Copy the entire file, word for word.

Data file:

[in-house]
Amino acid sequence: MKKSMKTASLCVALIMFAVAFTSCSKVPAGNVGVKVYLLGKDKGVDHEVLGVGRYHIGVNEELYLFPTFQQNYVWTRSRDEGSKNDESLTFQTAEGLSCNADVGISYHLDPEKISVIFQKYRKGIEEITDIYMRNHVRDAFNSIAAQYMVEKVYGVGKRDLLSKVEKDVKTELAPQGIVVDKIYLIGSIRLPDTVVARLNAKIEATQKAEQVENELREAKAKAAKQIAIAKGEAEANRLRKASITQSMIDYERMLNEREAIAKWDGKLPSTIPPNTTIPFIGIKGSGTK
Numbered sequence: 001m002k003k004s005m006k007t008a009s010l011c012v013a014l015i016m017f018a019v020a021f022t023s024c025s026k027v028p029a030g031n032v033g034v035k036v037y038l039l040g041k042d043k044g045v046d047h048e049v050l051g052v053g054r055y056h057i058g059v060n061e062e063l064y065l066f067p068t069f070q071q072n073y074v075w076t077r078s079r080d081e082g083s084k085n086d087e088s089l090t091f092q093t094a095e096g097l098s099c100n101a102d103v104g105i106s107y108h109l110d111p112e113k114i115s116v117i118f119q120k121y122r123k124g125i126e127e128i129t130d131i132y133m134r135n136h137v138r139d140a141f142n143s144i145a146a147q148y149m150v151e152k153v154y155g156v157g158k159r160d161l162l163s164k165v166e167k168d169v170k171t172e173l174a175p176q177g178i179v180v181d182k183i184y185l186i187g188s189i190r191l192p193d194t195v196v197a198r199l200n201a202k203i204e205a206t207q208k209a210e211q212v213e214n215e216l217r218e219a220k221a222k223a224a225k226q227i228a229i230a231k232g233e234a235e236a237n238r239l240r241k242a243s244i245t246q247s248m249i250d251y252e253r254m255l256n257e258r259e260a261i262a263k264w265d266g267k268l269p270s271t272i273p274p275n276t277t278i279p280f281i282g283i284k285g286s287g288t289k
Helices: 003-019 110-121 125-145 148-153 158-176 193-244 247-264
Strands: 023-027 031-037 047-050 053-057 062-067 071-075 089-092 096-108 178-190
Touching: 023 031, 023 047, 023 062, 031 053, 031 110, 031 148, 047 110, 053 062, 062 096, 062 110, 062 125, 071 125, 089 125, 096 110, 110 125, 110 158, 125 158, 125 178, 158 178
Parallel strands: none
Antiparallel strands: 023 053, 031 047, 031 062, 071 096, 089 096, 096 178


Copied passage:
[in-house]
Amino acid sequence: MKKSMKTASLCVALIMFAVAFTSCSKVPAGNVGVKVYLLGKDKGVDHEVLGVGRYHIGVNEELYLFPTFQQNYVWTRSRDEGSKNDESLTFQTAEGLSCNADVGISYHLDPEKISVIFQKYRKGIEEITDIYMRNHVRDAFNSIAAQYMVEKVYGVGKRDLLSKVEKDVKTELAPQGIVVDKIYLIGSIRLPDTVVARLNAKIEATQKAEQVENELREAKAKAAKQIAIAKGEAEANRLRKASITQSMIDYERMLNEREAIAKWDGKLPSTIPPNTTIPFIGIKGSGTK
Numbered sequence: 001m002k003k004s005m006k007t008a009s010l011c012v013a014l015i016m017f018a019v020a021f022t023s024c025s026k027v028p029a030g031n032v033g034v035k036v037y038l039l040g041k042d043k044g045v046d047h048e049v050l051g052v053g054r055y056h057i058g059v060n061e062e063l064y065l066f067p068t069f070q071q072n073y074v075w076t077r078s079r080d081e082g083s084k085n086d087e088s089l090t091f092q093t094a095e096g097l098s099c100n101a102d103v104g105i106s107y108h109l110d111p112e113k114i115s116v117i118f119q120k121y122r123k124g125i126e127e128i129t130d131i132y133m134r135n136h137v138r139d140a141f142n143s144i145a146a147q148y149m150v151e152k153v154y155g156v157g158k159r160d161l162l163s164k165v166e167k168d169v170k171t172e173l174a175p176q177g178i179v180v181d182k183i184y185l186i187g188s189i190r191l192p193d194t195v196v197a198r199l200n201a202k203i204e205a206t207q208k209a210e211q212v213e214n215e216l217r218e219a220k221a222k223a224a225k226q227i228a229i230a231k232g233e234a235e236a237n238r239l240r241k242a243s244i245t246q247s248m249i250d251y252e253r254m255l256n257e258r259e260a261i262a263k264w265d266g267k268l269p270s271t272i273p274p275n276t277t278i279p280f281i282g283i284k285g286s287g288t289k
Helices: 003-019 110-121 125-145 148-153 158-176 193-244 247-264
Strands: 023-027 031-037 047-050 053-057 062-067 071-075 089-092 096-108 178-190
Touching: 023 031, 023 047, 023 062, 031 053, 031 110, 031 148, 047 110, 053 062, 062 096, 062 110, 062 125, 071 125, 089 125, 096 110, 110 125, 110 158, 125 158, 125 178, 158 178
Parallel strands: none
Antiparallel strands: 023 053, 031 047, 031 062, 071 096, 089 096, 096 178